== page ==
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Adaptation Examination: Where the Crawdads Sing (2022)
It’s the age-old question: which is better, the book or the movie?
by Jess Hagy
It’s the age-old question…which is better? The book or the movie? For a seemingly straightforward story based in such an atmospheric location, set in the marshes and swamps of North Carolina, I’d have to say the movie has an edge this time around.
Where the Crawdads Sing, directed by Olivia Newman, is based off a globally popular and well-loved book of the same title, written by Delia Owens. It centers around a young woman named Kya (portrayed by the quietly brilliant Daisy Edgar-Jones) who lives alone out in the marshes. She is alienated and ostracized by everyone in town and society. After being abandoned by her family at a very young age, she figures out how to survive all on her own by her fascination with nature and making a few allies. Some of these allies include two boys from town, the sweet and docile Tate, and the town jock, Chase. Tate was a childhood friend of one of Kya’s brothers. The two form a very close relationship and even fall in love. When Tate must leave to go to college, Kya and Chase then begin a relationship. The plot then thickens when Chase is found dead in the marsh, having fallen (or been pushed) from a watch tower. The whole town then puts their sights on Kya as the main suspect for his murder.
Now, I have to be honest and say that I wasn’t a huge fan of the book back when I read it during the height of COVID. And that puts me in the minority here. This book is deeply loved and spent many, many weeks at number 1 on the New York Times Best Seller list. For me, the plot and characters all felt very two dimensional within sing-songy language (no pun intended). The book, along with the movie, is described and advertised as a mystery/thriller and, to put it simply, it’s not one. Yes, there is a murder, and you go through the story wondering who committed it, but this is by far the central focus. It’s basically just a romance with a slight edge to it. (Very reminiscent of Nicholas Sparks back in his heyday). What the movie does well is not bask in the “whodunit” of it all but depict a story of a resilient young woman who finds it within herself to keep surviving despite all the terrible hardships and people she has had to endure.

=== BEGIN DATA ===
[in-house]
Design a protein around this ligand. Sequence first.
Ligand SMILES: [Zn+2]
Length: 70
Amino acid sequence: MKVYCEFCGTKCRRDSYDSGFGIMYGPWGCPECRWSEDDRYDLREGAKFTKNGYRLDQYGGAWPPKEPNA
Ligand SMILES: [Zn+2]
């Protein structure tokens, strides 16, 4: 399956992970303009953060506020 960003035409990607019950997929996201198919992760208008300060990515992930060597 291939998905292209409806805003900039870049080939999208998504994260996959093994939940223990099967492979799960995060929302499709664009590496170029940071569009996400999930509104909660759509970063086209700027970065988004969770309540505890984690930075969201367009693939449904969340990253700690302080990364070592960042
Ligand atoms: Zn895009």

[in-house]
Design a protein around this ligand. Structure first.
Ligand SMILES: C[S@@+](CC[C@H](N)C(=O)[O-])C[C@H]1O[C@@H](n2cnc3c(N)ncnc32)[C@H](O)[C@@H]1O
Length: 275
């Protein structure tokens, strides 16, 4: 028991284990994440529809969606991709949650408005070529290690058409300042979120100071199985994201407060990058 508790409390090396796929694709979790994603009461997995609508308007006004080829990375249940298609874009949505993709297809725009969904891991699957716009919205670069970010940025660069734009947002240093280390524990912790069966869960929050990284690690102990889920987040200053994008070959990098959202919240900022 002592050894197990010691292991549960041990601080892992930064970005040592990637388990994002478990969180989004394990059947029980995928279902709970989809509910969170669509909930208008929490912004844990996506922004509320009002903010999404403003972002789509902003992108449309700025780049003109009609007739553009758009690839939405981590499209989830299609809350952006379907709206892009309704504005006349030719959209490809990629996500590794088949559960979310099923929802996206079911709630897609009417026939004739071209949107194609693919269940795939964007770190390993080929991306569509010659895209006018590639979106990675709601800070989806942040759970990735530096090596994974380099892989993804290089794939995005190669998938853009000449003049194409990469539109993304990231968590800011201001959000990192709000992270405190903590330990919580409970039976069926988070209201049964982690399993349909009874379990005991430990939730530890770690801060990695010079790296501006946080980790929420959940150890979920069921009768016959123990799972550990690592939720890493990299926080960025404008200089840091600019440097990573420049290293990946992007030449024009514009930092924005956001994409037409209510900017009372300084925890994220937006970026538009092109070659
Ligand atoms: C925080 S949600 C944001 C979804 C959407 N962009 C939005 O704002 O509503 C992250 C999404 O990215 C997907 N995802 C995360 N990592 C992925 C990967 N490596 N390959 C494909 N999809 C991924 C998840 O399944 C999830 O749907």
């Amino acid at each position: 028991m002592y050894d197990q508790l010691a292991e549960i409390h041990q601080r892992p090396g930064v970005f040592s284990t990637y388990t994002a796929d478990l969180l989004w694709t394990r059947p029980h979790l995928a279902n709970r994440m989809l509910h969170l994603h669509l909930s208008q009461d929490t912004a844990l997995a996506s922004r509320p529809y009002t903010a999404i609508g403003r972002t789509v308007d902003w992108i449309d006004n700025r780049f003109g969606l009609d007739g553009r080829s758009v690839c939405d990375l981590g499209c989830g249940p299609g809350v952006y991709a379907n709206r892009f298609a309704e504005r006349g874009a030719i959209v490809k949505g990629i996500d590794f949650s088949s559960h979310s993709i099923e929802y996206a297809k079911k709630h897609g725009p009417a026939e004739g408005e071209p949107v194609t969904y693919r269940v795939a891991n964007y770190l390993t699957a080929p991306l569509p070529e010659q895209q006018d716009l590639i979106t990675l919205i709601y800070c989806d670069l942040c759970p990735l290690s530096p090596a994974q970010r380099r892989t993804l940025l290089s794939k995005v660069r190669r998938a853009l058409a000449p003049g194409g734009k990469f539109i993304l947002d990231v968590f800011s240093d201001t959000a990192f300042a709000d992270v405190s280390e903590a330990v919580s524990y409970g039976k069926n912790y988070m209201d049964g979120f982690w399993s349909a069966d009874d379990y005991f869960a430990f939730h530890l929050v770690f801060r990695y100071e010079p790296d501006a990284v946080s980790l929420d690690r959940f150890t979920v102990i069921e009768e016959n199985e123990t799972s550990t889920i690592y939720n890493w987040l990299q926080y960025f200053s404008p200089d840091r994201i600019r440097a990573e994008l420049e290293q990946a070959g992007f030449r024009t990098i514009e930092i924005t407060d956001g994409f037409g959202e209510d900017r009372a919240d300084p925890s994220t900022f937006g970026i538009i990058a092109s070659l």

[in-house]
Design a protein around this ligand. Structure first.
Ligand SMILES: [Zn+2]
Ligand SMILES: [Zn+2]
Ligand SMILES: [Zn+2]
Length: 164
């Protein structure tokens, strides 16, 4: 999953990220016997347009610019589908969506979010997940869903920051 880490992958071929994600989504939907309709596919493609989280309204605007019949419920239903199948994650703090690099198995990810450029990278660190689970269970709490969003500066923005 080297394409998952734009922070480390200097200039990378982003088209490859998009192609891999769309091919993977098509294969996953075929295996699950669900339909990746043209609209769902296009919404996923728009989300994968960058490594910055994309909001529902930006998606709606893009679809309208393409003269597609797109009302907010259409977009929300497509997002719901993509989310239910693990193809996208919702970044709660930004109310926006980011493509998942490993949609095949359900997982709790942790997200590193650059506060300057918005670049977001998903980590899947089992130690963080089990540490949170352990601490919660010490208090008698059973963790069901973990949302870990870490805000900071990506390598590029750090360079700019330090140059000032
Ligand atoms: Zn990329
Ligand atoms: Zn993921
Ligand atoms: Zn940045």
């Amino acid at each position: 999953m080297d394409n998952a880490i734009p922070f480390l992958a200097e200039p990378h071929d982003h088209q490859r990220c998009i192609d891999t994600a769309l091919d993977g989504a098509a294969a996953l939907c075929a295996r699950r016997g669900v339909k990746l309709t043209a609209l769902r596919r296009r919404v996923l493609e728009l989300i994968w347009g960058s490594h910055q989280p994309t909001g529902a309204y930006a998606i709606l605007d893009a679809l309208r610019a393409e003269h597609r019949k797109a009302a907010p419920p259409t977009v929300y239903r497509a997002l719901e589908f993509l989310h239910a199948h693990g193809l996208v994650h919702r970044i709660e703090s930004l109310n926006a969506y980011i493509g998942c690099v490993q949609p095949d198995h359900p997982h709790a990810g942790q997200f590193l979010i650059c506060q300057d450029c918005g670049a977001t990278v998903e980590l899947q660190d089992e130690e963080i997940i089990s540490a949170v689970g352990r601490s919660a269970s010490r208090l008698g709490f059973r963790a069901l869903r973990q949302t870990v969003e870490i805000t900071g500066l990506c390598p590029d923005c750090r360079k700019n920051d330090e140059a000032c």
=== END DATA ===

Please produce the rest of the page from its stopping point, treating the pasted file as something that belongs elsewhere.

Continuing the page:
Another thing the movie has that the book unfortunately just can never attain, are the gorgeous visuals of the marsh. Having such a unique setting helps this movie immensely to be visually beautiful to watch. The nature and specifically the marsh become its own character. There are stunning shots of weeping willow trees and flocks of swans grazing just above the water with a prominently orange sunset as the backdrop. Kya has immense knowledge on the creatures of the marsh having co-habitated their land with them her whole life. So being able to see each individually different bird, turtle, or even insect helps flesh out the world and give the audience an understanding as to why Kya just doesn’t leave just like the rest of her family.
So if you have to choose whether to either read the book or just watch the movie, just save yourself some time and go with the movie. You’ll get all the same things out of the movie you would the book as well as get to see gorgeous landscapes and frames of marshy North Carolina.